So here is my top 9:
1) Coffee Traders
2) Bitoku
3) Imperial Steam
4) Imperium Classics/Legends
5) Messina 1347
6) Ultimate Railroads
7) Mini Express
8) Azul Queen's Garden
9) Lawyer Up

From gallery of Midav8


Happy New Year!
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Thu Dec 30, 2021 4:00 pm
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My top 5 gaming experiences of 2021

Vadim Deylgat
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This is the time of year when everyone is posting their top games of the (almost) past year. I started doing my list, but I deleted my draft and started with a blank page. For me the games are not the central part of my hobby, rather the experiences with other people are the driving factor for me. I'd never have stayed in this hobby if I were doing it purely solo. I like a good solo, but I need people around the table for the full enjoyment. These are my top 5 moments in gaming in 2021.

5. Playing Dice Throne via Zoom
In 2020 we got surprised by the pandemic and the lockdown measure that got imposed. I hardly played any games with friends that year. I was determined not to get stuck playing only solo in 2021 (or at least until restrictions lifted). At the start of the year I received my pledge for Dice Throne: Season One ReRolled and Dice Throne: Season Two – Battle Chest and so did some of my friends. This game lends itself wonderfully well for play by Zoom. Each player selects a character, points their webcam at the player board and dice tray and you start up Zoom. I even signed up for the online tournament that Roxley organized and I made it to the finals of my region. Dice Throne is one of the games that dragged me out of the Covid winter and into the more open spring and summer.

Board Game: Dice Throne: Season Two – Battle Chest


Picture courtesy of @SergiNS

4. Getting absolutely killed in Kamisado,...by my 7 year old
My kids aren't quite into board games, no matter how I tried to convert them from the video games they prefer to the more tangible stuff. There are some titles they like. One of those is Kamisado, at which I'm either really bad, or I have a prodigy in the house. My daughter is 7 years old, but she completely owns this game. She beats her older brother without ease, but she doesn't stop there. Oh no.
When I first taught her the game, she struggled a bit and lost. I'm not the kind of dad that always holds back; my kids need to learn how to get back up after a loss. I will sometimes go easy on them when I feel they are close to beating me, so they can taste victory as well. However, when it comes to Kamisado, I haven't had to hold back once. Our second game was tense, but I edged out a win. It made her even more determined to get back at me. She won game 3,...and 4,...and 5. I have to admit that she surprised me. She continued by soundly thrashing her brother that same weekend. We have kept our score for the year. Currently she stands at 27-12 over me. I will never turn down a game when she asks to play, even though I dread the result. Am I getting old, am I not seeing things that she is? Whatever it may be, the sense of pride for my kid far outweighs the doubts about my own tactical abilities.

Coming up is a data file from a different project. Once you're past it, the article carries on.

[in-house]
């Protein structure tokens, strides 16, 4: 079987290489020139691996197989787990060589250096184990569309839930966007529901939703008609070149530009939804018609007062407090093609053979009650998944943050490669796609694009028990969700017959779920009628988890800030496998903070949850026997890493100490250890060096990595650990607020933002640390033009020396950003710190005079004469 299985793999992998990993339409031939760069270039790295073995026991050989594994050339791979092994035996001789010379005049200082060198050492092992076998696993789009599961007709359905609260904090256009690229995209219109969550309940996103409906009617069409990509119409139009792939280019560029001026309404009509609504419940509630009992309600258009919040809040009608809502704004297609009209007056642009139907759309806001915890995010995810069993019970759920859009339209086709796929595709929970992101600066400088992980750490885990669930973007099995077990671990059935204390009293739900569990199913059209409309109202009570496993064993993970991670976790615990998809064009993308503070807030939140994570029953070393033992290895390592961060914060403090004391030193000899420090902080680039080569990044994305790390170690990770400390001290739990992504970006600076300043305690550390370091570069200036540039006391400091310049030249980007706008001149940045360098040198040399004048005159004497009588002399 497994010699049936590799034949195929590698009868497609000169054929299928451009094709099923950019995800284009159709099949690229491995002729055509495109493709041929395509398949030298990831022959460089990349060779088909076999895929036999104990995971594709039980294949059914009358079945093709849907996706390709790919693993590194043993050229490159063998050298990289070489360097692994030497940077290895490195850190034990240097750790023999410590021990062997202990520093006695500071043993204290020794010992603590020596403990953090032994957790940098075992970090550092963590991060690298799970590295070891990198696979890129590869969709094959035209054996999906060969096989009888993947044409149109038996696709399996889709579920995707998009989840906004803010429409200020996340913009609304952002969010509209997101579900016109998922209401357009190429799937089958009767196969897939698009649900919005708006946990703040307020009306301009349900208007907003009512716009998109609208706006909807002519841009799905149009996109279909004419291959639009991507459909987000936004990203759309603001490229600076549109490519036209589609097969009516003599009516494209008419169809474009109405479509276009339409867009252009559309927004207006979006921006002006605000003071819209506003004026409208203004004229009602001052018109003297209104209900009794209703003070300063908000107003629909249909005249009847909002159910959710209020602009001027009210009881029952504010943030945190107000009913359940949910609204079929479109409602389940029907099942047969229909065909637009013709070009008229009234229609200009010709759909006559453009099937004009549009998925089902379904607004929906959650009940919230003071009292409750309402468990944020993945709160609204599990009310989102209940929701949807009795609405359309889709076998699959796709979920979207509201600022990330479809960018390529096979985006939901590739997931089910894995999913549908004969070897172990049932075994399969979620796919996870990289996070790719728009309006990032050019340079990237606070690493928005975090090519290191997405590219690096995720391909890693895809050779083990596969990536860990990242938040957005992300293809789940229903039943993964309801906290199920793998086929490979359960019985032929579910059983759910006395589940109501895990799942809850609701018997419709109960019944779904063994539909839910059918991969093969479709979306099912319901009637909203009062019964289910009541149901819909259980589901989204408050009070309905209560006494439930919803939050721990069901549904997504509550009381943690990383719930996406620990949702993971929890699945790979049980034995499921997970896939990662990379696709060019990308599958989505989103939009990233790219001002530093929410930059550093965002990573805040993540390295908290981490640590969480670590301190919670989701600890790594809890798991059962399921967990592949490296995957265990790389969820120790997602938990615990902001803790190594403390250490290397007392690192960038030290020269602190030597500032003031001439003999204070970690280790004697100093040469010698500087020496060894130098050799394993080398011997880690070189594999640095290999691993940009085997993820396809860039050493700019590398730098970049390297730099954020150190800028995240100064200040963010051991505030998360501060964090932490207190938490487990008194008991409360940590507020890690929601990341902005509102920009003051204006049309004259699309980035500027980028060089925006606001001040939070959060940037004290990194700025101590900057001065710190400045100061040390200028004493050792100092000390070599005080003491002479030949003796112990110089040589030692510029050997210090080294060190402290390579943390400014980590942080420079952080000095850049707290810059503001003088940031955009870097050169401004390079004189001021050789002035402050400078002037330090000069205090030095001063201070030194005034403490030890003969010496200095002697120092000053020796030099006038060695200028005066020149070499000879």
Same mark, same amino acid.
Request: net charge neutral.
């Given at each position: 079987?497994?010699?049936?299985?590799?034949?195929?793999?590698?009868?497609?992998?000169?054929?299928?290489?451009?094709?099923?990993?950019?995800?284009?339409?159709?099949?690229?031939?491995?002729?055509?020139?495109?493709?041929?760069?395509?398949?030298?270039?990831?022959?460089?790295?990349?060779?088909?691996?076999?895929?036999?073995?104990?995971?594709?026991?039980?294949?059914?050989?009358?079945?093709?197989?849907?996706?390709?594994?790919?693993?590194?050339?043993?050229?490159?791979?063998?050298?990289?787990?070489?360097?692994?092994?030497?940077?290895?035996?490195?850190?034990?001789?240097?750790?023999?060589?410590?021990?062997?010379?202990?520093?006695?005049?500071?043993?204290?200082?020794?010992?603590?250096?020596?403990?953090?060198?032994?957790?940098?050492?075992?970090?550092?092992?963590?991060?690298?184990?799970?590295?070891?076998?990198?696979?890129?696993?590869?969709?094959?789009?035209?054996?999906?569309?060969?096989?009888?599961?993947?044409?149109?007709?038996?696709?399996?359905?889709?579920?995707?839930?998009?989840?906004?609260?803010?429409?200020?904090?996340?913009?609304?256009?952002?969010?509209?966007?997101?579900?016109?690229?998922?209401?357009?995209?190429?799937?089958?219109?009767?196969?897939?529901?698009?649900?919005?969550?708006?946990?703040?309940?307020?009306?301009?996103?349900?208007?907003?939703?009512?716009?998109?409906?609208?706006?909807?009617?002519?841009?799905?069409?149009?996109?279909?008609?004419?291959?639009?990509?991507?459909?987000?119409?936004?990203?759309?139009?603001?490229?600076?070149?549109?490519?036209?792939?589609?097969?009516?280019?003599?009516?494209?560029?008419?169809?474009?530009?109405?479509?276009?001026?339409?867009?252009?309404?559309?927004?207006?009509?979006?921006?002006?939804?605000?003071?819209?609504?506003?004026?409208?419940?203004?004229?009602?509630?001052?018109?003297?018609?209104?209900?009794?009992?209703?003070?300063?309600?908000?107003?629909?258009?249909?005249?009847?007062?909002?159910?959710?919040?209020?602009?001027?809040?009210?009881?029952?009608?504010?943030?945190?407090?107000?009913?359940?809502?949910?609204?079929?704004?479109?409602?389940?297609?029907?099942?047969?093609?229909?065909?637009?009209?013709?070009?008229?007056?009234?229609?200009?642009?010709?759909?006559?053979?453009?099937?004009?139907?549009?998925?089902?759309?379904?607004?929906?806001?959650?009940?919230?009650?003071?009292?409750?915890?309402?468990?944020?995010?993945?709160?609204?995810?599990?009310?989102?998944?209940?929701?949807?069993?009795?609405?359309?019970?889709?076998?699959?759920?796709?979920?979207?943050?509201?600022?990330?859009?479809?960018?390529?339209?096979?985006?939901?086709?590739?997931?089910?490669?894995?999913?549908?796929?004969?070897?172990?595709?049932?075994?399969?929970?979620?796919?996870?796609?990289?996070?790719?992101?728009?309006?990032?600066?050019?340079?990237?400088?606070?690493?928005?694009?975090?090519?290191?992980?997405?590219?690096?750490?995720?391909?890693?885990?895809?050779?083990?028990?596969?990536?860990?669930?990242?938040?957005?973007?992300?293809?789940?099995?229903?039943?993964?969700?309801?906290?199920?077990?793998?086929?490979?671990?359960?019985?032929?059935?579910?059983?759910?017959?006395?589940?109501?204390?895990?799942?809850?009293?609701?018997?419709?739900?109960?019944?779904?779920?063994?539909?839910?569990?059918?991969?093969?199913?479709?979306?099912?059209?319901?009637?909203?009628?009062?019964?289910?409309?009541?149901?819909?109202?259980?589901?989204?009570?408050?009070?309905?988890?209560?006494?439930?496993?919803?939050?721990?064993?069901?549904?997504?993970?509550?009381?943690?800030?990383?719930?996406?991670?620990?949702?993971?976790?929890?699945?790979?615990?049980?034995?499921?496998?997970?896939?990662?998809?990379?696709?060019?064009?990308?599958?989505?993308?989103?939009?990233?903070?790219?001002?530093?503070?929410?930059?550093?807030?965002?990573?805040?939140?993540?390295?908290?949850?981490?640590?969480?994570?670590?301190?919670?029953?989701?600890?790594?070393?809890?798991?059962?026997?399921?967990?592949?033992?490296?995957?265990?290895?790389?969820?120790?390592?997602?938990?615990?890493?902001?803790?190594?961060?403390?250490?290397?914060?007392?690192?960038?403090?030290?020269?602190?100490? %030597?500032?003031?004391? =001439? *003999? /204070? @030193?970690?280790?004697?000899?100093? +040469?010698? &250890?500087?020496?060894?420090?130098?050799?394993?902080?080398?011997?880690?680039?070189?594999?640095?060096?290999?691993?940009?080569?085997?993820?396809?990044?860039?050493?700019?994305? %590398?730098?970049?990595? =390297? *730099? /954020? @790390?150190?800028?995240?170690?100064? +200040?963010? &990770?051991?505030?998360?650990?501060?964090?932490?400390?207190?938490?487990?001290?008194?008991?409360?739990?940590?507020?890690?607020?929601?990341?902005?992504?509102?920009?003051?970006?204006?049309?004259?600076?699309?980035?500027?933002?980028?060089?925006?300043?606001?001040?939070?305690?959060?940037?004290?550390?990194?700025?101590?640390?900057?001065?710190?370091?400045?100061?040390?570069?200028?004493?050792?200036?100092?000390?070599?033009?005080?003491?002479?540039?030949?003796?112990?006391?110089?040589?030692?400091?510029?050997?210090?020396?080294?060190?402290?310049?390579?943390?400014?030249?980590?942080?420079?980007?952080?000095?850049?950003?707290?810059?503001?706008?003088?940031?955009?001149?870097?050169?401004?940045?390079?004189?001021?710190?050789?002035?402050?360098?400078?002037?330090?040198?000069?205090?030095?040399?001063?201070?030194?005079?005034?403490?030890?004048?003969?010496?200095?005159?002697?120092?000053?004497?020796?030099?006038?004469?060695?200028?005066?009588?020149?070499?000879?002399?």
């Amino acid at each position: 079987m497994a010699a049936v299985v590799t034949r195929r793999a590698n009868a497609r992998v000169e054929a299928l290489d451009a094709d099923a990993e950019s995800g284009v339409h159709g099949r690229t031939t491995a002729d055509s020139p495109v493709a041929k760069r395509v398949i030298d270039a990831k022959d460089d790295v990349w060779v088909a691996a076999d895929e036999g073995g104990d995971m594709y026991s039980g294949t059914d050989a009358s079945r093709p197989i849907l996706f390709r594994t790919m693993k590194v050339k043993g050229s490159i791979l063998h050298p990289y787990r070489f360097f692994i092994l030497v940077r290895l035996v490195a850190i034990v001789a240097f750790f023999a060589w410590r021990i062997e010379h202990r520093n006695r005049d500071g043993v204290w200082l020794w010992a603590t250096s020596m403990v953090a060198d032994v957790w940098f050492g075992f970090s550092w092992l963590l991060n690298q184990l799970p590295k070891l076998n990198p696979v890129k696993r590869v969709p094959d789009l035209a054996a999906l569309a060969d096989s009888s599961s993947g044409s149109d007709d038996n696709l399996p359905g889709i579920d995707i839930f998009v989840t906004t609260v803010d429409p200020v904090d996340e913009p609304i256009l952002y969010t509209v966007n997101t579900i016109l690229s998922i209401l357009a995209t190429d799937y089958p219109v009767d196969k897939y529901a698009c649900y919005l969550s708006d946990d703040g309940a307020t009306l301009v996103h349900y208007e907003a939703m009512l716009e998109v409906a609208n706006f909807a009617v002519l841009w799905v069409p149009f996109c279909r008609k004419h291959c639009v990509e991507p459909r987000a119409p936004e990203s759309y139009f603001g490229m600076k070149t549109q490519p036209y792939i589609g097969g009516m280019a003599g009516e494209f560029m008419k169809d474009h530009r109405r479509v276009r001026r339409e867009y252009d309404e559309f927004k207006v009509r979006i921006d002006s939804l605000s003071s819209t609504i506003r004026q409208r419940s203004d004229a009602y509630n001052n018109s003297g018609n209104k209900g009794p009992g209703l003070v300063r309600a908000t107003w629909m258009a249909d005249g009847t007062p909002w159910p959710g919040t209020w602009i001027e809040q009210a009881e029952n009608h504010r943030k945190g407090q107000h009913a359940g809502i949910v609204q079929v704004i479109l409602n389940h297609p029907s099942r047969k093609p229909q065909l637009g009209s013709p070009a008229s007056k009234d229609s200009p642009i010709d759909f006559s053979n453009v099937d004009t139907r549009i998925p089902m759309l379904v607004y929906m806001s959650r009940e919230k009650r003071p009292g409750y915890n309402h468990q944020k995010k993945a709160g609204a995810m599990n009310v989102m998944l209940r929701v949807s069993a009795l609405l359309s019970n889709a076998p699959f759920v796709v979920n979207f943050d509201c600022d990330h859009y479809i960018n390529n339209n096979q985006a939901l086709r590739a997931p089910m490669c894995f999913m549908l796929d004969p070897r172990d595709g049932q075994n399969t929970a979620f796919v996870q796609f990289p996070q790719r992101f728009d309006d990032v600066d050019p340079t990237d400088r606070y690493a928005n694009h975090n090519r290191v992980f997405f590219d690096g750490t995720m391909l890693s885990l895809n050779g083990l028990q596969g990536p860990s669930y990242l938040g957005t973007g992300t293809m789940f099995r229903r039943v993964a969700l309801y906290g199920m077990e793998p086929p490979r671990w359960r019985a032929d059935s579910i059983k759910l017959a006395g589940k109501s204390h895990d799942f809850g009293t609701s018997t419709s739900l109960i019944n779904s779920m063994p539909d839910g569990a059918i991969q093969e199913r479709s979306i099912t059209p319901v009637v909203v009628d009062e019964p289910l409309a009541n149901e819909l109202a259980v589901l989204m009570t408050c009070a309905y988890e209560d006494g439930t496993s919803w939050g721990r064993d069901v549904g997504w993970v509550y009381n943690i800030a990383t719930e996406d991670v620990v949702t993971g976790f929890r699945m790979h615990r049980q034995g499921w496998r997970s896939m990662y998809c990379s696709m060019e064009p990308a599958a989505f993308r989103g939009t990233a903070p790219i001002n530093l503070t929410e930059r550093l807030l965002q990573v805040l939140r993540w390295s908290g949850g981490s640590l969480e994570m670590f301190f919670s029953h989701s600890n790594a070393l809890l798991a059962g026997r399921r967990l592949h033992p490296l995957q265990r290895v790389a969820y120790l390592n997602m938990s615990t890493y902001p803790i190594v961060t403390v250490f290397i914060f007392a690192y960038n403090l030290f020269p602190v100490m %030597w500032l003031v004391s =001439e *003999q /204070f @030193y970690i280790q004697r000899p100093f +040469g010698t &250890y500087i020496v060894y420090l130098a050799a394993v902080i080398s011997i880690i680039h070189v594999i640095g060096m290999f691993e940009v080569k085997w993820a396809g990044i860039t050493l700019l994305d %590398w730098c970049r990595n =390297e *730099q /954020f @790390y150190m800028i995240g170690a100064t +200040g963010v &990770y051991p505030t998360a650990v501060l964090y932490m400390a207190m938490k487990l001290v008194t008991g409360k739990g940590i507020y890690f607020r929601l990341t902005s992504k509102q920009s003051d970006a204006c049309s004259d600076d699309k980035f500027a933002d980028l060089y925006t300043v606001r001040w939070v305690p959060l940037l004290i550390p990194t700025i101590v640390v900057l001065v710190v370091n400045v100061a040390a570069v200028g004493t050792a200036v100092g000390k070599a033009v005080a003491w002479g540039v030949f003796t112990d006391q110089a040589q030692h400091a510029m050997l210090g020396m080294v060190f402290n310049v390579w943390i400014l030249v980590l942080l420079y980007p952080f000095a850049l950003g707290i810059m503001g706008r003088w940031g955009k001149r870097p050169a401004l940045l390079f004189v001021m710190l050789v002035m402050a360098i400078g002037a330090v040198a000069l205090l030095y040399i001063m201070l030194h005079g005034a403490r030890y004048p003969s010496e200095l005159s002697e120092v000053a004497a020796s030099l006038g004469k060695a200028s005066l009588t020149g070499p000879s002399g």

Board Game: Kamisado


3. Helping to run my local game club
I hate to come back to Covid and lockdowns, but it's a big part of our reality. The local gaming club I had been going to since I landed in the hobby had to close shop for a pretty long time. I tried to keep our community involved through the associated Facebook group, by posting weekly reminders and mini-blogs. My friends running the club noticed and asked me if I wanted to help out with the game nights when we started up again. I'm not one to shy away from responsibilities and when I'm asked to support the hobby I love, I can't say no. Entertaining others, teaching them a game and allowing them to have a good time, gives me a lot of satisfaction. Co-creating the environment where more people can do this, takes that satisfaction to a next level.

From gallery of Midav8


2. Essen Spiel '21
I didn't get to go to Essen in 2020, because...you know why. So the build up and the anticipation for Spiel '21 was stronger than ever. I missed the crowd, the vibe, all of it. Walking through those bog doors after 2 years and running for that particular release I had to have (hello Bitoku) felt great. Talking to publishers and designers, squeezing into a table where they are lacking a last player, the "currywurst"! I missed it. Granted, it was a smaller edition with fewer games and publishers, but I felt fulfilled after it.

From gallery of Midav8


From gallery of Midav8


1. My friends who picked me up when I was down.
As I wrote about in this blog post, 2021 also was a pivotal year on personal level, as my wife and I decided to call it quits after 20 years together. We are now in the process of getting all practical and financial matters sorted out, and we've been able to be open and constructive about it. The first few weeks after the decision were emotionally heavy though and it was an evening with 2 friends, playing Messina 1347, that allowed me to let go of my worries for a few hours. They respectfully left it to me whether to talk about my situation back at home. Apart of a few sentences, we let the game and other social talk dominate the evening. It was the kind of mental reset I needed. The morning after I felt refreshed and ready to start thinking in a problem solving manner again. There is still some pain at times, but I feel supported by my friends and that gives me strength to take on 2022 and all it's challenges it is bound to hold.

Board Game: Messina 1347